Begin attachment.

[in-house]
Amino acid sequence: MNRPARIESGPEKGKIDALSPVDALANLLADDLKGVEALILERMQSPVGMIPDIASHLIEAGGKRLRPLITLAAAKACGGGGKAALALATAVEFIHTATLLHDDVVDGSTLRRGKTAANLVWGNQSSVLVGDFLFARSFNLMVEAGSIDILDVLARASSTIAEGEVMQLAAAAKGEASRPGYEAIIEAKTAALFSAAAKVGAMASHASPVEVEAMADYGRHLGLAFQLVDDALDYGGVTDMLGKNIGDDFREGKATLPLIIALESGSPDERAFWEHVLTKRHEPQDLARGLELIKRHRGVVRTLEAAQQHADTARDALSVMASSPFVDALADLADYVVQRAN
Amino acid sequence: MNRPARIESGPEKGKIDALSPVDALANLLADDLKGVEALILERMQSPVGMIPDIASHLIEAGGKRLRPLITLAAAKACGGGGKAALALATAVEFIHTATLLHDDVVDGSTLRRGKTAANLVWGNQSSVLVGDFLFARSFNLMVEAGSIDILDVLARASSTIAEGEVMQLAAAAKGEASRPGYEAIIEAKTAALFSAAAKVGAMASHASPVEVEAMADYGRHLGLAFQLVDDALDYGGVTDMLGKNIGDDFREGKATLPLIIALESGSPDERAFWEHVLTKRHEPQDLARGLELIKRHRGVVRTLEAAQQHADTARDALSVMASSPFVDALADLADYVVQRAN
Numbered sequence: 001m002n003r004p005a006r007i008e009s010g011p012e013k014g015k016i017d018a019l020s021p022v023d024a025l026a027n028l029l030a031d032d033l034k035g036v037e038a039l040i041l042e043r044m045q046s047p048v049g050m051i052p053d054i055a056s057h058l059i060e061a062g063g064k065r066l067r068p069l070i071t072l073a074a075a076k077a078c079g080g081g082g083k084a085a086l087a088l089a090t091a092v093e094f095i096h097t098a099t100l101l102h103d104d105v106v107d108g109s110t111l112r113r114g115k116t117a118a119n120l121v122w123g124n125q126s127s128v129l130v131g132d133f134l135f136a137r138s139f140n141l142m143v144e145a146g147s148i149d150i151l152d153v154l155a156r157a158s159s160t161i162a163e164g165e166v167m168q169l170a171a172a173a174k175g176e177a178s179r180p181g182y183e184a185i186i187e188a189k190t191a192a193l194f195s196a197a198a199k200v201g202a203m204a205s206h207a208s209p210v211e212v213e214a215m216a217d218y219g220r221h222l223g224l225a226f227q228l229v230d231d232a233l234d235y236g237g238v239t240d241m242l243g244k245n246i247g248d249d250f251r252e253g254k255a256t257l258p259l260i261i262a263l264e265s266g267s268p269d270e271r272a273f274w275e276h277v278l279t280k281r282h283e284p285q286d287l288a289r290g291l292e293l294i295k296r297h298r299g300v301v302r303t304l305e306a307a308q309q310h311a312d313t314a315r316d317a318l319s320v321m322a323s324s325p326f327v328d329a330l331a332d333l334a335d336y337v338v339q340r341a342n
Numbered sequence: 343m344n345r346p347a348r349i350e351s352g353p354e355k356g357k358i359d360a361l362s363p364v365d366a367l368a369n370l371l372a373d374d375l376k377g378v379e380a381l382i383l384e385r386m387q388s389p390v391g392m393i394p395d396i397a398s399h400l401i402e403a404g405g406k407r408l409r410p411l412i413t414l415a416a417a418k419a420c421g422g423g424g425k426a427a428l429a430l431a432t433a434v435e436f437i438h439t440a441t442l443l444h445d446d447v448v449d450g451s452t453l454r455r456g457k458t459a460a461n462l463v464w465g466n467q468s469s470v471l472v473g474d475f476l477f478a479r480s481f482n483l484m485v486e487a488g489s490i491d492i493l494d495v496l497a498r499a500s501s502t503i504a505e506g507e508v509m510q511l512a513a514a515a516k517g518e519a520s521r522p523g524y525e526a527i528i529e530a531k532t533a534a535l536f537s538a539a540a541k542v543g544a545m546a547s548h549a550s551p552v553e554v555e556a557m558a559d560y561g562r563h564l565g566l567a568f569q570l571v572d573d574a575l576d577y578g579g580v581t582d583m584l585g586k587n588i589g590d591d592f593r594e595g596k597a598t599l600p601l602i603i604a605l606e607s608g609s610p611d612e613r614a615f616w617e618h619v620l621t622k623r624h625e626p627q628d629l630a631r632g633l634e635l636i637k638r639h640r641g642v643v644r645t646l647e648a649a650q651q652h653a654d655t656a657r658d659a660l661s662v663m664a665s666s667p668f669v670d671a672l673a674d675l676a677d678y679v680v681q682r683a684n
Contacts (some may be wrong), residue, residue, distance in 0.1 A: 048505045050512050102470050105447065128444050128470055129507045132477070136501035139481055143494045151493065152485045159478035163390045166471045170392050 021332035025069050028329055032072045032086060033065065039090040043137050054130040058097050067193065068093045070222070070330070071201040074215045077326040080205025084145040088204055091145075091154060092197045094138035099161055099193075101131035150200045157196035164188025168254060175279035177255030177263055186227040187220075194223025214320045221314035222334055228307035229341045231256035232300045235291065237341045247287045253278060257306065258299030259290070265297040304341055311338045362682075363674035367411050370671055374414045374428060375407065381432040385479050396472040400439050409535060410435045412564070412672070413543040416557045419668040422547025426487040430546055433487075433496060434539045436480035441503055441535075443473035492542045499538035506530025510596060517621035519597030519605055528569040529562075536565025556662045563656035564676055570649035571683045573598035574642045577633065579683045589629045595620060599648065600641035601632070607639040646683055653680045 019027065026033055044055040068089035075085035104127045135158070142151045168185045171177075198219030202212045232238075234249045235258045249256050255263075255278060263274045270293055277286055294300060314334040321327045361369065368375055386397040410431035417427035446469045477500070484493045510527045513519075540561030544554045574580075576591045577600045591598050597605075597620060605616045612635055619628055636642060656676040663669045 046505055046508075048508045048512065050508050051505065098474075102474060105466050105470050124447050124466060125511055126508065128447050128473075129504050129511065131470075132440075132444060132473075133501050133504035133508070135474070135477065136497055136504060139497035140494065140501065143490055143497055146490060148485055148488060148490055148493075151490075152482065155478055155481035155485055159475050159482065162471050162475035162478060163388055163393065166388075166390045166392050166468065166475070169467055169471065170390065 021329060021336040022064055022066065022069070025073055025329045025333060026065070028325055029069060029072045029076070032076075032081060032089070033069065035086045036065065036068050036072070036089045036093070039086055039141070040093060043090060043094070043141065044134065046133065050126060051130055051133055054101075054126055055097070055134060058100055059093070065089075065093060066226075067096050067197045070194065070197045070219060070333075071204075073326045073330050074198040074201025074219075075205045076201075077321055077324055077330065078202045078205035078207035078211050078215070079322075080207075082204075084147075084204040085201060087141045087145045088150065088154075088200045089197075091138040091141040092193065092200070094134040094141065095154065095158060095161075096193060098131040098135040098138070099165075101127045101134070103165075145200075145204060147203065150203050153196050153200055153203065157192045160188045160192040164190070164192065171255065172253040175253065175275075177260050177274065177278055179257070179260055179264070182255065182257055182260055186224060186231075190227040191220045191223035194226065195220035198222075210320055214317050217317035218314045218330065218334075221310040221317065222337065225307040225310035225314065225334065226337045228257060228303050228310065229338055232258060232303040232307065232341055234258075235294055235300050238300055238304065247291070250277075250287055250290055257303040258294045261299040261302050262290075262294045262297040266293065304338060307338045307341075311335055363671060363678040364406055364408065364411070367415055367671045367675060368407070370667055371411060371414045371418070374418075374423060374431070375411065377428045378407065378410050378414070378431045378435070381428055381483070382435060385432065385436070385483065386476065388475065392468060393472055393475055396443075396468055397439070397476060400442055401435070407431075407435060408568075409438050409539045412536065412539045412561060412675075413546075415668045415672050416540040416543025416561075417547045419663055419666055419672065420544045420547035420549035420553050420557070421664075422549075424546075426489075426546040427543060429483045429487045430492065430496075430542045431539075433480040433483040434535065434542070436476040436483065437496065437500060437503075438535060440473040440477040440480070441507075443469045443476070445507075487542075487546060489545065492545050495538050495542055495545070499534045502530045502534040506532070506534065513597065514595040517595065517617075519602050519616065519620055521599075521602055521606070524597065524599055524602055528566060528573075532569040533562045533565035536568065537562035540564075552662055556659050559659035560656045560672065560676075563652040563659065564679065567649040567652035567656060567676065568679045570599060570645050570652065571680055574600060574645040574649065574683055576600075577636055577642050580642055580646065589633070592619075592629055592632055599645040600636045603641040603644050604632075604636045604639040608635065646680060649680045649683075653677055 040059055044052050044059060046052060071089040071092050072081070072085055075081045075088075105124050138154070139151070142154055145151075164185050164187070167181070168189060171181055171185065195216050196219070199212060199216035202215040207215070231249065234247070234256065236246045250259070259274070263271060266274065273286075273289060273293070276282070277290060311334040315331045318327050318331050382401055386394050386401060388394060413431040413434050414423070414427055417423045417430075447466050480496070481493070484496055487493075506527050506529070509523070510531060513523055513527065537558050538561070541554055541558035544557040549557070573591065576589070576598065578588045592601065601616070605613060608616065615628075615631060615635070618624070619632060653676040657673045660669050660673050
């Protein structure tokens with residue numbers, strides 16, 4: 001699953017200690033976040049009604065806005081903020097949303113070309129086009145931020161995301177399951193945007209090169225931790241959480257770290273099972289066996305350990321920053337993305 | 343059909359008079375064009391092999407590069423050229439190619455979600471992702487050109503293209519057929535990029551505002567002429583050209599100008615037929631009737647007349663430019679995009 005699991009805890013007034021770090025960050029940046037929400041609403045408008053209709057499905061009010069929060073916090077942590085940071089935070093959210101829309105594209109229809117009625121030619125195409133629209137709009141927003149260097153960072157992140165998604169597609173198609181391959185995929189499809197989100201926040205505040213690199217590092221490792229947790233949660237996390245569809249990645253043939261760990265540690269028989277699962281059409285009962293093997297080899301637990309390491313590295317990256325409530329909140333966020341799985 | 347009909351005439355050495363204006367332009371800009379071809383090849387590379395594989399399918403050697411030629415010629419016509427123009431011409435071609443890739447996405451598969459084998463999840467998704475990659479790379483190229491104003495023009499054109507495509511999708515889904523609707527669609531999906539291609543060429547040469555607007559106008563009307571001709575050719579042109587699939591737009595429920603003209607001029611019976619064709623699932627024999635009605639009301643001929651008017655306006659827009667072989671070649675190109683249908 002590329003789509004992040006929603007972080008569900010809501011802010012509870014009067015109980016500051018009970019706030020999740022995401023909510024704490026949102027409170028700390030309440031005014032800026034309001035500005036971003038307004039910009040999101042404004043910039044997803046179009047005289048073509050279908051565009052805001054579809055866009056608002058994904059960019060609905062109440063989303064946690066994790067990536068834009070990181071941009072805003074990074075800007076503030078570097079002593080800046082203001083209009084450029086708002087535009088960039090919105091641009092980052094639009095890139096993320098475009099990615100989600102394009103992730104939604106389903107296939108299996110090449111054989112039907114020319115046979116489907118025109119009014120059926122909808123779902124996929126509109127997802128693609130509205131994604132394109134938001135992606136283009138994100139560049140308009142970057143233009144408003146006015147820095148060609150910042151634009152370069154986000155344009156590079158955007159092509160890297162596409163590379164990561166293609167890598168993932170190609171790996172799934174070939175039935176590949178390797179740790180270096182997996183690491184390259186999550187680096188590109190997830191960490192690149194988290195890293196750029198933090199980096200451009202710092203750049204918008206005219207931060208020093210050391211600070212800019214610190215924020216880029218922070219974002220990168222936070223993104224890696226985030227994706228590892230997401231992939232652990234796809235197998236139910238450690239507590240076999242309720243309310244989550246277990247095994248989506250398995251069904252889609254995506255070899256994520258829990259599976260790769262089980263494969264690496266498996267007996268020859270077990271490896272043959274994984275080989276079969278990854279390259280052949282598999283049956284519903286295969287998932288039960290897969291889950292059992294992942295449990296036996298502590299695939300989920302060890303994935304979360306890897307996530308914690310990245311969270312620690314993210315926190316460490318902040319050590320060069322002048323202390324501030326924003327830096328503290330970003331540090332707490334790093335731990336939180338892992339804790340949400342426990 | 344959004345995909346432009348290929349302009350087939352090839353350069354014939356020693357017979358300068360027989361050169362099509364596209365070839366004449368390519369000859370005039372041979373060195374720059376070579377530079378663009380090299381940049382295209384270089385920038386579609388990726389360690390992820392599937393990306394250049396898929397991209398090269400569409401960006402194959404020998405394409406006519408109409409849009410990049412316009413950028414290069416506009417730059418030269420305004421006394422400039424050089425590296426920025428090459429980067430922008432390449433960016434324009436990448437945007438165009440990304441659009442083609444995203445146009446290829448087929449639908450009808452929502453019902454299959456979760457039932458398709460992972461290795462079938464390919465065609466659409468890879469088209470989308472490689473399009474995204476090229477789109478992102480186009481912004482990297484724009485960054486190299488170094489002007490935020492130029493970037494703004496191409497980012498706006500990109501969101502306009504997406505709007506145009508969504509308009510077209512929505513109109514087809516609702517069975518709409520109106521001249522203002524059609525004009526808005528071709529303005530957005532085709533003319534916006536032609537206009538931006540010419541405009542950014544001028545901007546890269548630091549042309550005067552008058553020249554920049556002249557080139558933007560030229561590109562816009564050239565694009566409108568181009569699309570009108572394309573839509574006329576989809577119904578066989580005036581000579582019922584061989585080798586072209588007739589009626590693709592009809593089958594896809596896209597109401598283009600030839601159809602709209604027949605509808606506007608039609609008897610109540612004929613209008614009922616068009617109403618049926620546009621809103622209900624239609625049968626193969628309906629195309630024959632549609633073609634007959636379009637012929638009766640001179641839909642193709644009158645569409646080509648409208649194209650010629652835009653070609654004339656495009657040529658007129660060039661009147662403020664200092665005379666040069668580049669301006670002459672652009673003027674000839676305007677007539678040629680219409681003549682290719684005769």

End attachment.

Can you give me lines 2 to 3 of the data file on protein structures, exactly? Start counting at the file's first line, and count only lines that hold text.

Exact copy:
Amino acid sequence: MNRPARIESGPEKGKIDALSPVDALANLLADDLKGVEALILERMQSPVGMIPDIASHLIEAGGKRLRPLITLAAAKACGGGGKAALALATAVEFIHTATLLHDDVVDGSTLRRGKTAANLVWGNQSSVLVGDFLFARSFNLMVEAGSIDILDVLARASSTIAEGEVMQLAAAAKGEASRPGYEAIIEAKTAALFSAAAKVGAMASHASPVEVEAMADYGRHLGLAFQLVDDALDYGGVTDMLGKNIGDDFREGKATLPLIIALESGSPDERAFWEHVLTKRHEPQDLARGLELIKRHRGVVRTLEAAQQHADTARDALSVMASSPFVDALADLADYVVQRAN
Amino acid sequence: MNRPARIESGPEKGKIDALSPVDALANLLADDLKGVEALILERMQSPVGMIPDIASHLIEAGGKRLRPLITLAAAKACGGGGKAALALATAVEFIHTATLLHDDVVDGSTLRRGKTAANLVWGNQSSVLVGDFLFARSFNLMVEAGSIDILDVLARASSTIAEGEVMQLAAAAKGEASRPGYEAIIEAKTAALFSAAAKVGAMASHASPVEVEAMADYGRHLGLAFQLVDDALDYGGVTDMLGKNIGDDFREGKATLPLIIALESGSPDERAFWEHVLTKRHEPQDLARGLELIKRHRGVVRTLEAAQQHADTARDALSVMASSPFVDALADLADYVVQRAN